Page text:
Why Drama?

It is a wonderful blessing to have a full-time teaching positions in the theatre arts. Many other schools have had to cut programs due to budget issues. With the emphasis over the years turning toward standardized testing, the focus has fallen on passing the test and has moved away from individual creativity. It is rare to find a middle school drama program, let only one that is required of all students. The benefits of such a program reaches far beyond the drama classroom.

No matter what field students go into, the ability to speak clearly and present themselves in a confident manner are essential to success. Whether a doctor dealing with patients, a lawyer in the courtroom, a business person giving a presentation, or a McDonald cashier waiting on costumers…eye contact, diction, inflection, and poise are just a few of the public speaking skills that are required to be successful. Academic intelligence and content knowledge are not enough in the 21st century. Students need to boldly express their thoughts and ideas, confidently question what they don't understand, and intelligent share their opinions and beliefs. In doing so, these young people will be able to stand out and stand above their competition.

Drama does not just build public speaking skills. It plays an important role in building self-confidence, teamwork, communication skills, and focus. We joke that there is already enough “drama” in the lives middle school students. I claim that we don’t create the “drama,” we just focus it. We value the opportunity to “play” and perform in a safe and supportive environment, where risks can be taken and comfort zones expanded.

Active listening is emphasized in class because it is an essential aspect of communication. If everyone is talking, there is no communication. Students learn the balance of giving their ideas, while taking time to listen to others’ ideas. True leaders do not just give orders, but take time to listen to the advice of those around them.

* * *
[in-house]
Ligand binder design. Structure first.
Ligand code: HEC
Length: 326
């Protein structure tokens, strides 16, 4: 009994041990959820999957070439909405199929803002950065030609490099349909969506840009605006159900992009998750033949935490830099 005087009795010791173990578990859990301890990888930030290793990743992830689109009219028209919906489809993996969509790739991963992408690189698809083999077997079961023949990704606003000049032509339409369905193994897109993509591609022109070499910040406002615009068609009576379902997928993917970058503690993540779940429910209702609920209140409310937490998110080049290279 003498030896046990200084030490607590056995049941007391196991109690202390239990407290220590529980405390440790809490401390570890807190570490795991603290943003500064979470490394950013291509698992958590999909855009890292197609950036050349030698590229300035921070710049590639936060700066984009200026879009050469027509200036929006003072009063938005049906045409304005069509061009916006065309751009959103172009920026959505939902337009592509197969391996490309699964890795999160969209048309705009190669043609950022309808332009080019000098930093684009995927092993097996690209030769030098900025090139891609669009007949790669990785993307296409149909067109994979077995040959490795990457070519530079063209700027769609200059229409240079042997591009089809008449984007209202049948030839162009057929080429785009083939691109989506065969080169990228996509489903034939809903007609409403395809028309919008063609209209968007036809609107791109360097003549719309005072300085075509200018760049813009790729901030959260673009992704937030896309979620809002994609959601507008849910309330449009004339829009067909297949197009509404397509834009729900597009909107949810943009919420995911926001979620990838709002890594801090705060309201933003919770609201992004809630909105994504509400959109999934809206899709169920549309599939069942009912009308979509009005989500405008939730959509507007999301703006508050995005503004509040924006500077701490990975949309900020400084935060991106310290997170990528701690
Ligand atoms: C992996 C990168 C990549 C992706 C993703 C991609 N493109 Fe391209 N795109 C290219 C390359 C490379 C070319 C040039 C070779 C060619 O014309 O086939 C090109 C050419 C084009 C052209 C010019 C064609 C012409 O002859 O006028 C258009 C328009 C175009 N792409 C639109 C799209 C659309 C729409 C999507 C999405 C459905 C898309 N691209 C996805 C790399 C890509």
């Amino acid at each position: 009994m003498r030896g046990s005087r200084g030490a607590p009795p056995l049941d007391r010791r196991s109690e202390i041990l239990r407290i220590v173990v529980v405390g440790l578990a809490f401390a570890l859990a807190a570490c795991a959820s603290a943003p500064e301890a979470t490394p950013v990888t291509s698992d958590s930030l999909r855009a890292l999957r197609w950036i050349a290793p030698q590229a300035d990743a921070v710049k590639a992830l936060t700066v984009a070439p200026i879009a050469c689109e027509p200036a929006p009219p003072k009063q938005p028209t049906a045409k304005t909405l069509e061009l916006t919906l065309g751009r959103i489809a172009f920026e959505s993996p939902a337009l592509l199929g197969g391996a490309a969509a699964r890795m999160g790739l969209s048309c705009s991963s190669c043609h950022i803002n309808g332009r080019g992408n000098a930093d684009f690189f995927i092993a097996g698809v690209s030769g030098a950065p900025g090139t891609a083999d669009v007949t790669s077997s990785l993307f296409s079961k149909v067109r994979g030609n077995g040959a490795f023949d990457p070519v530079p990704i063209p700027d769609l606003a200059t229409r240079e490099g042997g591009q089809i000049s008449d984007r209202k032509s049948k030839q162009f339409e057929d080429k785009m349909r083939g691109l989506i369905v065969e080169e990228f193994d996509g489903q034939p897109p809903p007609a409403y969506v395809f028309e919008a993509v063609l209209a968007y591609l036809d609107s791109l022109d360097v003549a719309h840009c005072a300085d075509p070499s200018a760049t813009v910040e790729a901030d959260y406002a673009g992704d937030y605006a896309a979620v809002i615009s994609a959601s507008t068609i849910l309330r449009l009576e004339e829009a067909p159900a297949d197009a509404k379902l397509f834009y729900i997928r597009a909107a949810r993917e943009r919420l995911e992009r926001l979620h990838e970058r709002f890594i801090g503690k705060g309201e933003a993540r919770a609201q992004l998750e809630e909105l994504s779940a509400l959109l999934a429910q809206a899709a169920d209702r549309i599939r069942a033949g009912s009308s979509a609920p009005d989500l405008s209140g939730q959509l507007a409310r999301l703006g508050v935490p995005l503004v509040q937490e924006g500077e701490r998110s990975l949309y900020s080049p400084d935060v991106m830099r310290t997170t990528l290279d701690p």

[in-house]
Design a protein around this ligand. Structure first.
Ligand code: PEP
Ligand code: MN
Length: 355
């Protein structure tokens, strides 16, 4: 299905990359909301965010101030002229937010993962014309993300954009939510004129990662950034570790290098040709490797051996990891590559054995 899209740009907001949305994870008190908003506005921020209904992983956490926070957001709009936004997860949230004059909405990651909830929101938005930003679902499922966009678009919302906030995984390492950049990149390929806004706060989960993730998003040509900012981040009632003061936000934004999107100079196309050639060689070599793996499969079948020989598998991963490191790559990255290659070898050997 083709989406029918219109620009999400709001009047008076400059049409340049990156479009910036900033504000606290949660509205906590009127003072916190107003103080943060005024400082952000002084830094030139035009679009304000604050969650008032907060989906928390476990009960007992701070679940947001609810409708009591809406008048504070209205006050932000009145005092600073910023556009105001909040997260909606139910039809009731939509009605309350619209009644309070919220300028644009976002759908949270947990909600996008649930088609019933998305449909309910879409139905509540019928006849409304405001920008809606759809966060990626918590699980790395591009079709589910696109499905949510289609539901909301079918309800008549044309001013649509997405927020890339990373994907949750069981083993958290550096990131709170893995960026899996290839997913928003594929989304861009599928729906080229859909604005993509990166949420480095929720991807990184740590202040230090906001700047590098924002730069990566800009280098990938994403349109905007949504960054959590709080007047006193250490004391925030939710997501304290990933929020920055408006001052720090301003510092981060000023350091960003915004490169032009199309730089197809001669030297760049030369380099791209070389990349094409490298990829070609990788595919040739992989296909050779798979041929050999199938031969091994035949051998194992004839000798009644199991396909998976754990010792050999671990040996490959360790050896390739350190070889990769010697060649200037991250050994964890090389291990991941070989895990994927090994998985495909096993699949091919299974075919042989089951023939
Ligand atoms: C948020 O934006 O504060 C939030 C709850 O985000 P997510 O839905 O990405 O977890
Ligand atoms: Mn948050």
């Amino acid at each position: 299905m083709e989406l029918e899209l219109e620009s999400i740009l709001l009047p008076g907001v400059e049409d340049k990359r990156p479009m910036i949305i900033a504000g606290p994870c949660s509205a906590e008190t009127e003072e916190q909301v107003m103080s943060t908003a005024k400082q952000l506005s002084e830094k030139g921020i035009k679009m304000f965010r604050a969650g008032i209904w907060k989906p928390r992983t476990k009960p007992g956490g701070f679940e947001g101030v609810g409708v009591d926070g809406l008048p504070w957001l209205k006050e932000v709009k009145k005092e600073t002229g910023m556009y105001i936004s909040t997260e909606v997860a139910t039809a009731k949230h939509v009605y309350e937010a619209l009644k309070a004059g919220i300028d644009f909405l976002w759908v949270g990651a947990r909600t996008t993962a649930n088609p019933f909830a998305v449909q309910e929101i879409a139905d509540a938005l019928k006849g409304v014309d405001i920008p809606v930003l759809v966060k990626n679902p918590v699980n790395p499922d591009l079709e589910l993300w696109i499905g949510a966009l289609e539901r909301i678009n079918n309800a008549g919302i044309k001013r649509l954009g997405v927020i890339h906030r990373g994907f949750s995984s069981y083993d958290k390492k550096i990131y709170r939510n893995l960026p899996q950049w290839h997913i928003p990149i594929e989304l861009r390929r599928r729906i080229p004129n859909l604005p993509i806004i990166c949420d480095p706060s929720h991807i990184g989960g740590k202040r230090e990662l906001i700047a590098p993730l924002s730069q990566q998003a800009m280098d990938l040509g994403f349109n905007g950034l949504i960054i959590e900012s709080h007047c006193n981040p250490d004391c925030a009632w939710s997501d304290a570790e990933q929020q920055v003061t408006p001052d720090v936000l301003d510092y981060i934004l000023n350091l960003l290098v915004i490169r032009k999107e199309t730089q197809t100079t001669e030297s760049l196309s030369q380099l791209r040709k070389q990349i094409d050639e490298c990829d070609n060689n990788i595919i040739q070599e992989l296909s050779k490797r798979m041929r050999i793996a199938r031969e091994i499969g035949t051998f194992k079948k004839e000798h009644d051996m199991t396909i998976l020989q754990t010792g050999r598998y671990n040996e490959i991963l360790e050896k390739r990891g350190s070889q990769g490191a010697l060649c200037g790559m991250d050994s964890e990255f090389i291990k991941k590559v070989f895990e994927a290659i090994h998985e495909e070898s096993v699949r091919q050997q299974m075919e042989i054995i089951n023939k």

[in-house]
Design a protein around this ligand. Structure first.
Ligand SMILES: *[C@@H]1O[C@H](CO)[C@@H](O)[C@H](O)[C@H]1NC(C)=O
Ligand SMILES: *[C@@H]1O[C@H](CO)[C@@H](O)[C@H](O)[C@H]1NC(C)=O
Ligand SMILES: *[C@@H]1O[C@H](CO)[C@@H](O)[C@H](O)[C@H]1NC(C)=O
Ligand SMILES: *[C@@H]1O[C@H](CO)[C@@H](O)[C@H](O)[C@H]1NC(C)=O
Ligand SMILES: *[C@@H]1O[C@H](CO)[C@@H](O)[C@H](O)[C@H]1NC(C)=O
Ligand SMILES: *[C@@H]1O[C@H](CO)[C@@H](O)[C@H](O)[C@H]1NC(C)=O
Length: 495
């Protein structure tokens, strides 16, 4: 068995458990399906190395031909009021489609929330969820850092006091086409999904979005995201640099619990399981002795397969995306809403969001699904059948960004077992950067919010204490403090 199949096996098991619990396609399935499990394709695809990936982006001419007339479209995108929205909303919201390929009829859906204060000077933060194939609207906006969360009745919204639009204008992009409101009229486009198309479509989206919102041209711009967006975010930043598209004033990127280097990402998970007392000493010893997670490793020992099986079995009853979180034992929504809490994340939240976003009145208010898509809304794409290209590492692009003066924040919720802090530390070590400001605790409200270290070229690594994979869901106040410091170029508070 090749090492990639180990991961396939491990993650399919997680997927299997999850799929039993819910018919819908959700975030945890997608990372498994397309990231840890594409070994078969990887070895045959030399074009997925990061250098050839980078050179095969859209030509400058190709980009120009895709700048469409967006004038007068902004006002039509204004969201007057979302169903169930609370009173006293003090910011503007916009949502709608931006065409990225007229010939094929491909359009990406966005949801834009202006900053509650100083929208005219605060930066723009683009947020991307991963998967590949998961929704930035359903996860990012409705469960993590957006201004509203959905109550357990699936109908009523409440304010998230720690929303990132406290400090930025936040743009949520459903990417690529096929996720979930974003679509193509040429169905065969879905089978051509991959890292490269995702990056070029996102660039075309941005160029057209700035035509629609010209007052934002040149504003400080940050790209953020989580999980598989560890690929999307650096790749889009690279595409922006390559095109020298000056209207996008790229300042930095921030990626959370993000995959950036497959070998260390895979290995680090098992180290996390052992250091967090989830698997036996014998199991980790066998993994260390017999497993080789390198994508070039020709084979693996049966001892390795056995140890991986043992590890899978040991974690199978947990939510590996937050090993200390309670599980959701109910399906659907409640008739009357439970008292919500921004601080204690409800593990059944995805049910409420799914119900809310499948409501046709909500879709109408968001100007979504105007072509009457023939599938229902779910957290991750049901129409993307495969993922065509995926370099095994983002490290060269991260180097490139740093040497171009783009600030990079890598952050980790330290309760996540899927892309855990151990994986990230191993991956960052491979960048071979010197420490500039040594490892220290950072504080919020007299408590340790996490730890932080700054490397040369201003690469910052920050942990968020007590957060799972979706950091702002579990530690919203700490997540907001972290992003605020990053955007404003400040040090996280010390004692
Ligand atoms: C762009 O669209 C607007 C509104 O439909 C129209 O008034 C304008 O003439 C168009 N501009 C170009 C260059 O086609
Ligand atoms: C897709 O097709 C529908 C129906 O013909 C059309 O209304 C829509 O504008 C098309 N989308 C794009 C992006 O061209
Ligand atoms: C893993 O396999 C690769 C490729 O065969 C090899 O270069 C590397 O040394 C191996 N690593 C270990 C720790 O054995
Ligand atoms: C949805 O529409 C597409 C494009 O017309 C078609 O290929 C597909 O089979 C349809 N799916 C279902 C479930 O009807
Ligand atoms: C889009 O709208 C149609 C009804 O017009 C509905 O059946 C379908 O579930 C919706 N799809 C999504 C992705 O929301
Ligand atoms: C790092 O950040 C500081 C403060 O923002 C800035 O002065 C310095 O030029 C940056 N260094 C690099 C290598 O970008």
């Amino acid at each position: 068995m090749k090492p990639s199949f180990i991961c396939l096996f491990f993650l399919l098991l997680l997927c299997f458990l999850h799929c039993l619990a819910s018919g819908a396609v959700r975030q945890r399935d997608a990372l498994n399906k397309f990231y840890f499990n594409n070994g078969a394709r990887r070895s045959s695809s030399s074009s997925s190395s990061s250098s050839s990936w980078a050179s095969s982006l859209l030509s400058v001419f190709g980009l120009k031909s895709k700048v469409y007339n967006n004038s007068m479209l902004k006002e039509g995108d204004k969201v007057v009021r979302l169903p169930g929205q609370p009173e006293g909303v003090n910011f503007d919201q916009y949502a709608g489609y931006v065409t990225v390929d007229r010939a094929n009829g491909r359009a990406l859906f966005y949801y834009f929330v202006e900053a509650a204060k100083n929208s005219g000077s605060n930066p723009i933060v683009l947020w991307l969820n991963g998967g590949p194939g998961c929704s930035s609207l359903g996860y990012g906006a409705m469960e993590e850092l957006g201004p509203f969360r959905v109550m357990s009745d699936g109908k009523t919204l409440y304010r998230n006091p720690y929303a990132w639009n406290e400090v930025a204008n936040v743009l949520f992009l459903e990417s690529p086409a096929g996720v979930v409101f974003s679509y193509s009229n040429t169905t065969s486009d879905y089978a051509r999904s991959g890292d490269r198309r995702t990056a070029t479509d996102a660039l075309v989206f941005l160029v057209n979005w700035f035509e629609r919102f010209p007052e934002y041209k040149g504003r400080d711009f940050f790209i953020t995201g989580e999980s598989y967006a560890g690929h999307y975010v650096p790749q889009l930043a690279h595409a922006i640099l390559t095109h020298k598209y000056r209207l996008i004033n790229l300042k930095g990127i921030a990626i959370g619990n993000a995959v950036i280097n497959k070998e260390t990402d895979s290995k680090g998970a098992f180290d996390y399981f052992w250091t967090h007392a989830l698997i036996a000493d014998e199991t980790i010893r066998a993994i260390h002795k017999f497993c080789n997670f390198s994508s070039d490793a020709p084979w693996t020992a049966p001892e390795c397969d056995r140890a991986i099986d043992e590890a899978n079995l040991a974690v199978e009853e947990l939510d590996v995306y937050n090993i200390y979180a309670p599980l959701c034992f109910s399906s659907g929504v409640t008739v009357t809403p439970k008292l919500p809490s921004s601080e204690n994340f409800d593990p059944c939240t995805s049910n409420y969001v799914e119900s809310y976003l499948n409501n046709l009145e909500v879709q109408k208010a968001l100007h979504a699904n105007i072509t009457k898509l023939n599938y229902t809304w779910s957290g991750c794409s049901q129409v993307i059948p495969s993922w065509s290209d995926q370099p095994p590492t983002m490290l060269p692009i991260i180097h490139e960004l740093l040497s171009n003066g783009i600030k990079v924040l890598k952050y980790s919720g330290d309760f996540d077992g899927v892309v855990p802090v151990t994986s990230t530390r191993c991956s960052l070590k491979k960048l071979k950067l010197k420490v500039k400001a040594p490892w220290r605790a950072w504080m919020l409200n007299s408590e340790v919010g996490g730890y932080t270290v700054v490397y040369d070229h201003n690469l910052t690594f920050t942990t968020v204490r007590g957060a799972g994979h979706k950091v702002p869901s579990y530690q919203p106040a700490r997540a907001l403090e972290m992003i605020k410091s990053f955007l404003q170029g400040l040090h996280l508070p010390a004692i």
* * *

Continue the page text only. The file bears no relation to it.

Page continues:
Building a Strong Drama Program

Students begin in 5th grade with small group performance. They write and perform fables, Shakespeare scenes, and conflict-resolution skits. In 6th grade, students focus on the individual performance, writing and performing superhero monologues, American Indian creation myths, stand up comedy routines, and Shakespeare monologues. By 7th grade, students are ready to take their performances to a larger audience, writing and performing their own one-act plays for a middle school assembly. In 8th grade students choose their performance elective from options like, Theatre Performance, Theatre Tech., and Forensics. It is important that every student can say they have performed on the main stage, in front of a large audience by the end of 7th grade. It is a rare and invaluable opportunity!

We cannot become what we need to be by remaining what we are.
— Max DePree

Middle school is tough! There is more responsibility, more homework, more competition, and more expectations…all resulting in more stress!!! Students may be worried about the way they look, what they wear, and what they are “supposed” to do. Students are trying to figure out who they are, while trying to be cool, trying to fit in, trying to make friends…not to mention trying not to embarrass themselves! They try to handle all these challenges while being expected to stay focused on their schoolwork.

How Can It All Be Done?

Objectives of my Middle School Drama curriculum and program:

  • To help the students gain self-confidence and expand their comfort zones
  • To allow the students to take risks in a safe and supportive environment
  • To allow the students to work together as an ensemble
  • To increase students’ ability to focus, communicate, overcome obstacles, and resolve conflict
  • To build students’ public speaking and performance skills
  • To give the students a basic knowledge and lasting appreciation of theatre
photo 2.JPG
photo 1[1].JPG

Establishing Structure

From the first day of school, students are made aware of the expectations of Drama class and the consequences for failing to meet these expectations. Students work best when they know what is expected of them. They are empowered when their expectations of a teacher or a class are listened to and respected. Students learn that their actions have consequences. Positive actions yield positive consequences, while negative actions yield negative consequences.

Expectations of my Students

  • Bring an Enthusiastic and Positive Attitude to Every Class
  • Always Put Forth Your Best Effort
  • Respect Yourself, Each Other, the Space, and the Work
  • Actively Participate

Students Expectations of Me

  • To Be FUN!
  • To Be Fair
  • To Play Games and Perform
  • To Learn Something

Consequences for Students Failing to Meet the Expectations

  • Clarification and Conversation About Expectations
  • Sitting Out of the Game/Exercise
  • Reflective Writing Assignment
  • Phone Call/Email Home to Parents
  • Detention (for behavior issues)